Wine bottle labels routinely misrepresent the alcohol concentration of their contents. Thanks to a recent article in the Journal of Wine Economics, you may have already seen this news in the popular press. Julian Alston and the other four authors of Splendide Mendax (the splendid title of that splendid article) crunched a bunch of statistics and found, A) that climate change alone doesn’t seem to explain rising wine alcohol levels, and B) rising wine alcohol levels are actually more dramatic than wine labels indicate. If the catalogue of the Liquor Control Board of Ontario (LCBO) from 1992 to 2009 is any indication, and there’s no real reason to think that it isn’t, wineries appear to be systematically low-balling the kick of most wines.
Interesting conclusions, but I’d already been distracted by an aside the authors made in the article’s mid-section:
The average actual alcohol content was 13.56% and the average reported alcohol content was 13.15% with an average discrepancy of 0.42 percentage points. A discrepancy of 0.4 percentage points might not seem large relative to an actual value of 13.6% alcohol by volume, but even errors of this magnitude could lead consumers to under- estimate the amount of alcohol they have consumed in ways that could have some consequences for their health and driving safety; and in particular instances the discrepancies could be much larger than average. (p. 286)
Really? I can say with some certainty that I’ve never tried to make estimates about my health or my driving safety from knowing whether the wine I’m drinking is 13.6% versus 14%. And while I might be far from anyone’s idea of the average consumer, I’m also a young female professional and extremely cautious about my alcohol consumption. Frankly, this claim sounded like anti-imbibing hogwash, the kind of decontextualized and unsupported assumption I see all too regularly in academic alcohol studies, the kind funded by agencies for whom wine is a dangerous drug rather than food and part of a healthy diet, and with agendas looking to come as close to reinstating prohibition as possible without donning petticoats and holding rallies for the Women’s Christian Temperance Union.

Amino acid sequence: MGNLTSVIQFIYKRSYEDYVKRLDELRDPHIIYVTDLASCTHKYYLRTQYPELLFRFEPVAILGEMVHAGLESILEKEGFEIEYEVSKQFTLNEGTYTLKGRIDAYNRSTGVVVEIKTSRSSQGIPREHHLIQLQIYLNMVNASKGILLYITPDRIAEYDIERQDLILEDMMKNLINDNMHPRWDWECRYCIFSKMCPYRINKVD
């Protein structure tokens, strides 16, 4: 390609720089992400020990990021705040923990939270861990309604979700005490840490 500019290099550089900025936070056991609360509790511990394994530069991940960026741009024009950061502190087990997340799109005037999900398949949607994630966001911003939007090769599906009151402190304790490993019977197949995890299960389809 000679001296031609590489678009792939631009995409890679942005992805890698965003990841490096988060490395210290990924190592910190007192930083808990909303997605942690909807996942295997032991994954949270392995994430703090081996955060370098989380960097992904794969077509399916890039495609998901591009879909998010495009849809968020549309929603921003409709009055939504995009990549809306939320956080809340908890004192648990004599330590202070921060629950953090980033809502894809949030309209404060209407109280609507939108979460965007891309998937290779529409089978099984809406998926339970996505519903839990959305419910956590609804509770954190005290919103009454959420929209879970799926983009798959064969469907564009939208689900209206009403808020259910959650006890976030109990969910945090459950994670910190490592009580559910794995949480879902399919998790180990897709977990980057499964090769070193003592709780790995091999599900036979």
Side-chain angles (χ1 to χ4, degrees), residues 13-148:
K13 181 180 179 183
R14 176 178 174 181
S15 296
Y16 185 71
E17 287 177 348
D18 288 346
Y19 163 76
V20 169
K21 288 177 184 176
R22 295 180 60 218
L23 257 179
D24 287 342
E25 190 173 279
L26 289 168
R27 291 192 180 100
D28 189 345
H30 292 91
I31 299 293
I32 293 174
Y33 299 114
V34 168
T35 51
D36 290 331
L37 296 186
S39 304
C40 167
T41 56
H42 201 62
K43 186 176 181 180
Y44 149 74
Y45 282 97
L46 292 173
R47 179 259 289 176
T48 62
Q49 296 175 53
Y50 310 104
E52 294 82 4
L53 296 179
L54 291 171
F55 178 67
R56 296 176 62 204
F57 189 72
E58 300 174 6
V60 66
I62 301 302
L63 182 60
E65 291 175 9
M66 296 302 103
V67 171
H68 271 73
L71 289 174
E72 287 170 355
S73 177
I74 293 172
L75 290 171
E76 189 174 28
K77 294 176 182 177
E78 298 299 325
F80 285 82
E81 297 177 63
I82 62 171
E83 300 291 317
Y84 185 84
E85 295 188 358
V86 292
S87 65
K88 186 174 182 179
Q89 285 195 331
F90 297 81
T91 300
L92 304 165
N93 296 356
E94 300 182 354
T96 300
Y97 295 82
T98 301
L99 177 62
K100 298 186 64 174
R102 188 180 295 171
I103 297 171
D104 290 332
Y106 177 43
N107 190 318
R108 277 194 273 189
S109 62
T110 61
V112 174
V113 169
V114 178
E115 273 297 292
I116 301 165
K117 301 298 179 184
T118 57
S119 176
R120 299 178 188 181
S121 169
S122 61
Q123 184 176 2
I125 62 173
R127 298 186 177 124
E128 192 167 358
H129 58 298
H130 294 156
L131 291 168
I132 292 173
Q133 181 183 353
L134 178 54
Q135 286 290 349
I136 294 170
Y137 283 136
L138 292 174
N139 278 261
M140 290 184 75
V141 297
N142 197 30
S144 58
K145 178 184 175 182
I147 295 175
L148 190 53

If a wine’s alcohol content is misreported, it might damage my opinion of the wine. It might lead me to choose a bottle I end up not liking at a restaurant. It definitely puts less alcohol tax money in the pockets of the United States Alcohol and Tobacco Trade and Tax Bureau. But consequences for my health and safety? I don’t buy it.
A drink isn’t a drink isn’t a drink isn’t a drink, no matter what our high school health teachers taught us. A good friend once took me to a New Orleans-themed barbecue restaurant and bought me a hurricane. That wasn’t a drink; it was four or five of them. More to the point, I can feel the difference between a glass of Finger Lakes cabernet franc and a glass of Napa cabernet sauvignon, or between 12 ounces of Modelo with nachos at a potluck and one of Odell’s 9.3% double IPAs with food truck tacos in Fort Collins. But seriously, if my pinot noir moves from 13% to 13.4%, my palate might care. The part of my brain devoted to whether I can still drive home safely doesn’t need to. Right?
Not necessarily. Estimating blood alcohol content (BAC) is an inexact science because anyone’s BAC involves far too many variables for a formula to do more than put us in the right ballpark. That said, let’s ballpark a few “all else being equal” conditions.
Let’s say I’m a 150 pound (68 kg) woman. I’m at a bar, alone with my laptop, writing on a dissertation chapter. I’ll eat when I get home; right now it’s just a pre-dinner drink and the last bout of writing for the day. Since home is a 20-minute drive down a narrow state highway, I need to keep myself on the no-question-about-it side of sober. I nurse my drink for an hour, alongside two glasses of water without ice, call it a day, pay my tab, and take myself home.